You may have noticed that special events aimed towards providing the perfect environment for Insta-worthy photos are on the rise. More artists and brands are picking up on this trend than ever before, and the proof is in the pictures. Just look at fomofeed, a curator of special exhibits in NYC, to see just how many of these interactive, photographable experiences are happening at once in the five boroughs.
Refinery29, one of my favorite fashion and lifestyle online publications, has been one of the pioneers of these fun installations. 29Rooms has grown significantly since the first exhibit in 2015, branching out to new cities, involving more artists and organizations with each presentation, and receiving positive reviews from the New York Times. 29Rooms is now a staple of New York Fashion Week, offering a change of pace from watching hundreds of models walk runways.
I had been itching to go to 29Rooms for a while but the timing was never right for some reason or another. Well, I’m moving away from NYC in October and I quickly realized I wouldn’t have the option to attend once I relocated (29Rooms is making an effort to travel to more cities in the future, but I doubt they’ll make it to North Carolina any time soon.) When the 2018 dates for Expand Your Reality in NYC were released, I pounced on the opportunity and bought tickets for my best friend and I to attend the 11 AM time slot on Thursday, September 13th.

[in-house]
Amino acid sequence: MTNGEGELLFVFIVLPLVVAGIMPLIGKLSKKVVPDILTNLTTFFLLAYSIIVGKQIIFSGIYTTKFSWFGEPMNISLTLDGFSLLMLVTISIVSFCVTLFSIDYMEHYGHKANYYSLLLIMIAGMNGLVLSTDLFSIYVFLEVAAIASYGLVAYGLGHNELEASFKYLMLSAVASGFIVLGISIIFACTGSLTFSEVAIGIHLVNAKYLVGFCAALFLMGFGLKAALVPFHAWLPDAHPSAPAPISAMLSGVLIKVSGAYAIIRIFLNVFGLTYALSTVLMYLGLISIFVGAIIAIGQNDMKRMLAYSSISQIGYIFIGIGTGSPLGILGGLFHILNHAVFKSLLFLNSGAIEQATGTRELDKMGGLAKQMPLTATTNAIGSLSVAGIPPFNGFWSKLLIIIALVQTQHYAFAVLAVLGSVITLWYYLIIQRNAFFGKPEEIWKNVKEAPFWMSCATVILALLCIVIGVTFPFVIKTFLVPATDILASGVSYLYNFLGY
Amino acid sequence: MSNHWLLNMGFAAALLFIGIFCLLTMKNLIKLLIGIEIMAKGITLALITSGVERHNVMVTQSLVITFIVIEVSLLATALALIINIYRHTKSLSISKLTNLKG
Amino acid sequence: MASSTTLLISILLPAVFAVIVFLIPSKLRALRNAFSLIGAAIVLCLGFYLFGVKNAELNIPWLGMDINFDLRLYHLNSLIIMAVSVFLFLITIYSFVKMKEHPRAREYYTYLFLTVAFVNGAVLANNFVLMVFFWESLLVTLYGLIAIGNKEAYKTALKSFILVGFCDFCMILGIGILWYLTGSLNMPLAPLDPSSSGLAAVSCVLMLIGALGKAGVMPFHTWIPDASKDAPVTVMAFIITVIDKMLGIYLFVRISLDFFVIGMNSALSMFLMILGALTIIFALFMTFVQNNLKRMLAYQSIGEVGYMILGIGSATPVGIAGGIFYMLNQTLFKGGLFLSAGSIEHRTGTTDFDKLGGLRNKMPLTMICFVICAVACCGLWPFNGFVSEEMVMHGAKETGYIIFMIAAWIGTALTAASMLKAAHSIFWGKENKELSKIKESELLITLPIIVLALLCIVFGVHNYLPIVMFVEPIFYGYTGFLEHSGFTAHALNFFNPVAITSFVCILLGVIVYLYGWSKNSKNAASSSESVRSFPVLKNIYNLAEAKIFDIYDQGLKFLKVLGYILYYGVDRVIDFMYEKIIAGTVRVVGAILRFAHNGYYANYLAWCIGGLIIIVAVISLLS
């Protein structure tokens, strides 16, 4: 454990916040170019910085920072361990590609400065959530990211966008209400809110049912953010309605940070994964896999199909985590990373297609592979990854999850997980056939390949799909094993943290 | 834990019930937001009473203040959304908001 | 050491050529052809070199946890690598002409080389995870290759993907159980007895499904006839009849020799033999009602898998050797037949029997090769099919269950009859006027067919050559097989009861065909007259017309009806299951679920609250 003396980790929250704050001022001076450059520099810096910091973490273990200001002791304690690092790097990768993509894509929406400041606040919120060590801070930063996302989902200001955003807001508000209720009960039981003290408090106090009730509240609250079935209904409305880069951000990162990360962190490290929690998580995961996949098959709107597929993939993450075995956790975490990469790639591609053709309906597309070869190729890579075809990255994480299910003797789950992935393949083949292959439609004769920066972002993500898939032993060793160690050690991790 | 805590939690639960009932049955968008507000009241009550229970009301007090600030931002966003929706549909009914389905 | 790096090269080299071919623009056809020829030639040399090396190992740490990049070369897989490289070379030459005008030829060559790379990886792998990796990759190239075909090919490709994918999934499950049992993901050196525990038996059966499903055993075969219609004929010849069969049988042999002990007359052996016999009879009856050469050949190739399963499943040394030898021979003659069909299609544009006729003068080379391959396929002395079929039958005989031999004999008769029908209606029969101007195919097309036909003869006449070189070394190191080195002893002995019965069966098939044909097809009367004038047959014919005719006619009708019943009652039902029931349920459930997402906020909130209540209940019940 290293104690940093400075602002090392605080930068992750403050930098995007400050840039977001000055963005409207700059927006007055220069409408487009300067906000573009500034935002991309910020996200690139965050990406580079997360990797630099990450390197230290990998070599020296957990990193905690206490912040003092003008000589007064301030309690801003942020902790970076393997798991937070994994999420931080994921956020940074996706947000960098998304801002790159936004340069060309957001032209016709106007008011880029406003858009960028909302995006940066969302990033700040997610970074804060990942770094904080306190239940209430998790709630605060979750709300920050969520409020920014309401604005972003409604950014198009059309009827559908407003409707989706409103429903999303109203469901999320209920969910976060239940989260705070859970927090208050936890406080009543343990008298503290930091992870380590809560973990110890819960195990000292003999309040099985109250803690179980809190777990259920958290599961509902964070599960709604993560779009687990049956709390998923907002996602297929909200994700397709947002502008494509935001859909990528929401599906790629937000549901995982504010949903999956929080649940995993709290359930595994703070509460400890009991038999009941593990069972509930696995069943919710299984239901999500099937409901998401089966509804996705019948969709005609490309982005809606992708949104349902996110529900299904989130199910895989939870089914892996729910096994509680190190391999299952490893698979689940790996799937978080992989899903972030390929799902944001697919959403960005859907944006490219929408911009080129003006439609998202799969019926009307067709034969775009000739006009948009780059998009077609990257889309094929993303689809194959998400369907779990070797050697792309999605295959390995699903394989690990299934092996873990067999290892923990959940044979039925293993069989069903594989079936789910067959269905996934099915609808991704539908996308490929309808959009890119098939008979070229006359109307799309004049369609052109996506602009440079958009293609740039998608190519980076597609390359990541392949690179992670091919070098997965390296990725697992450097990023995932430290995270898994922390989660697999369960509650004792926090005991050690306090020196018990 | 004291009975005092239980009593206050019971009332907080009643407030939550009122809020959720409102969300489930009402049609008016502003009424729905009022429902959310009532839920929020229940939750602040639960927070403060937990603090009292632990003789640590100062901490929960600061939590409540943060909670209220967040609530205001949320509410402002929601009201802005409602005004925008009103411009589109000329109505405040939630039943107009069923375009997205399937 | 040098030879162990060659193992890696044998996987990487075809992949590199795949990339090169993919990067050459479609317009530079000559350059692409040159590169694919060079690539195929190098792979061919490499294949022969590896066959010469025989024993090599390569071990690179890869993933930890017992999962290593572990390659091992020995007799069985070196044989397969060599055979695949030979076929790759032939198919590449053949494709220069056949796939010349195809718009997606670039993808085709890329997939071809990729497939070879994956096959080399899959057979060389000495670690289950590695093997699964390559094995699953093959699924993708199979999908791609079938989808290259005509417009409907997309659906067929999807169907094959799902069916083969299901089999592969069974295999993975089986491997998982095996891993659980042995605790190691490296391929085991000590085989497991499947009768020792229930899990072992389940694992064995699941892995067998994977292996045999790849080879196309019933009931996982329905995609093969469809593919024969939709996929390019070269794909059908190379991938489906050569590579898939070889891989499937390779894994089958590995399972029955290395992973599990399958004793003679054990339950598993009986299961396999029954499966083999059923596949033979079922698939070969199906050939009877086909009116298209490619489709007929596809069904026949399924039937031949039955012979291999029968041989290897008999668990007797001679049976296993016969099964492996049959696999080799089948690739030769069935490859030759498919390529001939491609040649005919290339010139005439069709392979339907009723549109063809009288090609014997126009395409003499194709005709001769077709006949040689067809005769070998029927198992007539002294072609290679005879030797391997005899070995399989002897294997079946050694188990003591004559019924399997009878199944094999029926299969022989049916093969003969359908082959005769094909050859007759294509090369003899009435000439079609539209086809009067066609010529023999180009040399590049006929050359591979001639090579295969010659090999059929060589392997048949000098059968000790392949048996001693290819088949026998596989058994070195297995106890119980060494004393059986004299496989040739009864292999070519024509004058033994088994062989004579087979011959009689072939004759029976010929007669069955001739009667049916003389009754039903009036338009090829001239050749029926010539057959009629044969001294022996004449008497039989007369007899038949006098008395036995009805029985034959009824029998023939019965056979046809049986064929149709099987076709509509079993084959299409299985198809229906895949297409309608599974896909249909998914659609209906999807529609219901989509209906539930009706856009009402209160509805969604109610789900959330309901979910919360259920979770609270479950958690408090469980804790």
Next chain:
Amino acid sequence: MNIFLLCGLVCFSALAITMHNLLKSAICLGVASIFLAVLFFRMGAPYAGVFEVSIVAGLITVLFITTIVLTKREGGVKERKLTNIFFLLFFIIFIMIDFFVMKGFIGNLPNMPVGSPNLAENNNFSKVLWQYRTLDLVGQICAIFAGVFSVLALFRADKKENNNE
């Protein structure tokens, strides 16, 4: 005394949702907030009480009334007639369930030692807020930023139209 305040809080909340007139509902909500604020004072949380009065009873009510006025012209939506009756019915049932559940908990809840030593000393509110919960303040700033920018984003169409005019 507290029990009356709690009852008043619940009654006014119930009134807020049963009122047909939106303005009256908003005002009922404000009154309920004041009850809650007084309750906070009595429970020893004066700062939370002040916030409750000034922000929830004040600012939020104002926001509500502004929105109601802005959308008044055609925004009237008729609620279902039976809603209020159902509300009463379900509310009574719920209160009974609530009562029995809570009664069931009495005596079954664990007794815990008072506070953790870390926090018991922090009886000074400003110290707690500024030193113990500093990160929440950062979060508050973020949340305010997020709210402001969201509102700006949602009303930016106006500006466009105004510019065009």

Let’s be honest: I originally wanted to attend 29Rooms for the photo-ops it provided. It’s definitely ego-focused and kind of arrogant, but that’s the society we’re living in.
When you scroll through Instagram, you’ll see staged images that often stray from what regular life actually looks like. Feeds are full of perfect vacation pics, videos from expensive concerts, perfectly presented and well-lit meals, glamorized selfies, and sponsorship deals. You don’t see unfiltered dirty dishes, office cubicles, messy bedrooms, or stressful moments. The curated culture on Instagram is far from realistic, but it’s drilled into my mind as a necessary part of “staying relevant” in 2018, especially in industries related to art and entertainment.